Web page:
All the versions of this article: [English] [français]
International Trade Compliance Update | 21 September 2020
EFTA-Ecuador FTA enters into force 1 November 2020
by Stuart P. Seidel
On 21 September 2020, the Federal Customs Administration announced that the EFTA-Ecuador Free Trade Agreement will enter into force on 1 November 2020. Some points:
- The EFTA-Ecuador Agreement provides for the cumulation of originating products between EFTA countries and Ecuador. Cumulation with input materials from Colombia and Peru is also permitted. These input materials must be originating products under the relevant agreement which are processed or incorporated into a product in EFTA countries or Ecuador; it is not possible to transfer the origin of unaltered (neither processed nor incorporated into a product) goods forwarded from Colombia and Peru. The list rules do not have to be the same as in the EFTA-Ecuador Agreement. Cumulation with input materials of other countries is not permitted.
- This agreement provides for the “non-alteration” rule, i.e. the imported originating products must be the same as those exported from the contracting party. They must not have undergone any illicit working or processing in transit and must have been permanently under customs control (see Article 14 of Annex I). However, the splitting-up of consignments in third countries is permitted.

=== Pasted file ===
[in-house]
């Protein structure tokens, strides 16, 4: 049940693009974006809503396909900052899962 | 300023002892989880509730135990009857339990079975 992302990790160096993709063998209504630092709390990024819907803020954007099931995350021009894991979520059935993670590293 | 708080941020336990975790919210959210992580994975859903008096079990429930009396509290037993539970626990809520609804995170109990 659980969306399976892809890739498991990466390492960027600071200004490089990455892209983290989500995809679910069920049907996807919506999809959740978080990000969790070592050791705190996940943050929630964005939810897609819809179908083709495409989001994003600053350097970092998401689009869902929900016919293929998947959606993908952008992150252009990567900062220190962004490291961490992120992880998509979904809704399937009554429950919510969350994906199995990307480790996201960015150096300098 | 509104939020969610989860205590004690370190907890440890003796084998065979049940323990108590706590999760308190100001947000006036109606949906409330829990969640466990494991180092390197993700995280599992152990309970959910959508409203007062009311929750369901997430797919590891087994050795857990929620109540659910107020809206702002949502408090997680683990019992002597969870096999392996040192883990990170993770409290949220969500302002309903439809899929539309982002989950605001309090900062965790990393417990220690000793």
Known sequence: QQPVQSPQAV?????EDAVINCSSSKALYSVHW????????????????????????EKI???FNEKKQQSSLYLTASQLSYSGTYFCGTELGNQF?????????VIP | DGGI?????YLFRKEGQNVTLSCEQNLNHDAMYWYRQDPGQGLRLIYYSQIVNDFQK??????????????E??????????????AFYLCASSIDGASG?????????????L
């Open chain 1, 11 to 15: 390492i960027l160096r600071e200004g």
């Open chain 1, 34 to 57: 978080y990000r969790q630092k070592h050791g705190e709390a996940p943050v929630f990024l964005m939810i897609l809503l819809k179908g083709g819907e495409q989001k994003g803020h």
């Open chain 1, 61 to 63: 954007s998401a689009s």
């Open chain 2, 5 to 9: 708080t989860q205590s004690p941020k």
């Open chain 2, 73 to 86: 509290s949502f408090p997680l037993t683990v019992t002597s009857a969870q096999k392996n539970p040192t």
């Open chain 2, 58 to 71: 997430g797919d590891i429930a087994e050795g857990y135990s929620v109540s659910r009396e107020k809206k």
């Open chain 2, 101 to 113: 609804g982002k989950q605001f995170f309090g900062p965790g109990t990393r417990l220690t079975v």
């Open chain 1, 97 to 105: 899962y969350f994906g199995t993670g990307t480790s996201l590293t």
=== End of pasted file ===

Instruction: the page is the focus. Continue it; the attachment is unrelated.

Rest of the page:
- For most products of chapters 25 to 97, tariff dismantling is asymmetric. While EFTA countries will abolish their duties in one step upon entry into force, Ecuador will gradually apply duty reductions/exemptions. Tariff dismantling can be seen in detail at the following link: Ecuador Schedule of Tariff Commitments.
- If no valid proof of origin exists at the time of the customs declaration, the person subject to the declaration obligation can request a provisional import assessment for goods that are covered by the agreement. According to established administrative practice, the proof of origin has to be submitted within two months (period of validity of provisional assessment; moreover, the person subject to the declaration obligation can submit a written and substantiated request for an extension of the deadline before this period of validity expires). If a provisional assessment was not requested, the customs declaration can be reclaimed at the preferential rate only if all of the prerequisites in accordance with Article 34 of the Customs Act are met in full. This means – inter alia – that the proof of origin (even if issued retrospectively) must have existed at the time of the original customs declaration and that the person subject to the declaration obligation made a request to the competent customs office within the set timeframe (within 30 days after leaving customs supervision).